A BRIEF HISTORY OF ULVERSTON
Bronze age artefacts have been found in the area, but the earliest recorded account of Ulverston (or Vlurestun as it was then) was in 1066, when the main occupation was farming.
A Market Charter was granted in 1280 by King Edward I, and the market is still held twice weekly on Thursdays and Saturdays.
Over the years, Ulverston has seen many different industries, with shipbuilding, milling, leatherworking, iron & steelworks, quarrying, mining, & brewing, being just a few. Nowadays, the principal employer is the GlaxoSmithKline pharmaceuticals factory, though there are many other smaller companies, some involved in electrical accessory, electronics, and other High-Tech manufacturing operations.
Pole vaulting as a competitive sport originated in Ulverston, but the town is more famous for being the birthplace of Stan Laurel (visit the Laurel & Hardy museum); Lord Justice Norman Birkett (a judge at the Nuremberg trials of German World War 2 Criminals);and Sir John Barrow (explorer, Secretary to the Admiralty for 40 years, and author of Mutiny on the Bounty), in whose honour Hoad Monument, a replica of the Eddystone lighthouse, was built on a hill over-looking the town.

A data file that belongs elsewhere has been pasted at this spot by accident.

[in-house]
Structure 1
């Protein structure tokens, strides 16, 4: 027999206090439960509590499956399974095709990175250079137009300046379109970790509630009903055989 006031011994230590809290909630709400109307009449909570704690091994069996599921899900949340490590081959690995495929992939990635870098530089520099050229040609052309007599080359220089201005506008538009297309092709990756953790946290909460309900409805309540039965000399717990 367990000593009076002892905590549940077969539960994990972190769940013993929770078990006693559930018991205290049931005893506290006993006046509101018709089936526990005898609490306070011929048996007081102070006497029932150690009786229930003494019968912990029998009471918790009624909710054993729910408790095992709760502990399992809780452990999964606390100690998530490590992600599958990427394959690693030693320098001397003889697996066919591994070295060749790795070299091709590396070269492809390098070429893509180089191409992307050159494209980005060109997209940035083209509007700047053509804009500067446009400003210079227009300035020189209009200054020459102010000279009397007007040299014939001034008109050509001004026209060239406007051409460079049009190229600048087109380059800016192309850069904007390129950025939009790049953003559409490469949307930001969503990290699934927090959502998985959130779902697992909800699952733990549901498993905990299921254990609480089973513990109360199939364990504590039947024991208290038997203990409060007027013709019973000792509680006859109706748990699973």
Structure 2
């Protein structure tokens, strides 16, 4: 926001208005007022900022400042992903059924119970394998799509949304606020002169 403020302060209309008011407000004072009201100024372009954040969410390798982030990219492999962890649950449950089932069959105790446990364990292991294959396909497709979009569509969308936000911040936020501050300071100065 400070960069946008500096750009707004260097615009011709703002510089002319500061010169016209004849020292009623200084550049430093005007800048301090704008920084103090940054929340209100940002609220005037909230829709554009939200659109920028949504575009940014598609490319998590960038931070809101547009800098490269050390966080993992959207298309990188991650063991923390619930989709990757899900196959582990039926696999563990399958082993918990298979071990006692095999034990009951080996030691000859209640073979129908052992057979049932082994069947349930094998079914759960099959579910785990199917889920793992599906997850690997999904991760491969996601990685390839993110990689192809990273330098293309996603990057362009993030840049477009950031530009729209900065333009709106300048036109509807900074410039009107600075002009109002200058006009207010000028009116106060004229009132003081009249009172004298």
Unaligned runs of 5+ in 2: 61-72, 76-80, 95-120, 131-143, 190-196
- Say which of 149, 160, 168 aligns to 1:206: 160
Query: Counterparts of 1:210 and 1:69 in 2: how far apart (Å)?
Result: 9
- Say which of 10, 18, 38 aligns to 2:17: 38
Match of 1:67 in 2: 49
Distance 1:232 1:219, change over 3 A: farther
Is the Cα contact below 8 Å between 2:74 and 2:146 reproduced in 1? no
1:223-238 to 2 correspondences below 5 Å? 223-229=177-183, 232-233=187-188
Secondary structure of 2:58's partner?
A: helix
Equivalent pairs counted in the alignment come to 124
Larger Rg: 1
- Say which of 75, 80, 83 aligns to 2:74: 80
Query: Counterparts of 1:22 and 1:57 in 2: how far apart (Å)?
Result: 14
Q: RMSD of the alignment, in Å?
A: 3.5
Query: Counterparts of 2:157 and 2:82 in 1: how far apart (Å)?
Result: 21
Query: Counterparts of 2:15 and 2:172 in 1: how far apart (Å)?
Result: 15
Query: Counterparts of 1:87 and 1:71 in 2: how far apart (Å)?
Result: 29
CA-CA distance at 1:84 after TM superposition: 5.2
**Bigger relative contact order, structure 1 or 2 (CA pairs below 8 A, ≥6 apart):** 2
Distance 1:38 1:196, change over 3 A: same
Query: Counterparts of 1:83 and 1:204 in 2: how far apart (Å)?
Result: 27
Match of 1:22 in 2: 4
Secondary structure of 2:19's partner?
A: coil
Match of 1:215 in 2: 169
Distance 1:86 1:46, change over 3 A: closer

Another famous resident of Ulverston was George Fox, founder of the Quaker movement (visit Swarthmoor Hall). The town also has the world's shortest, widest, & deepest canal exactly one mile long which was opened in 1796 to connect Ulverston to the sea, but this is no longer in use.
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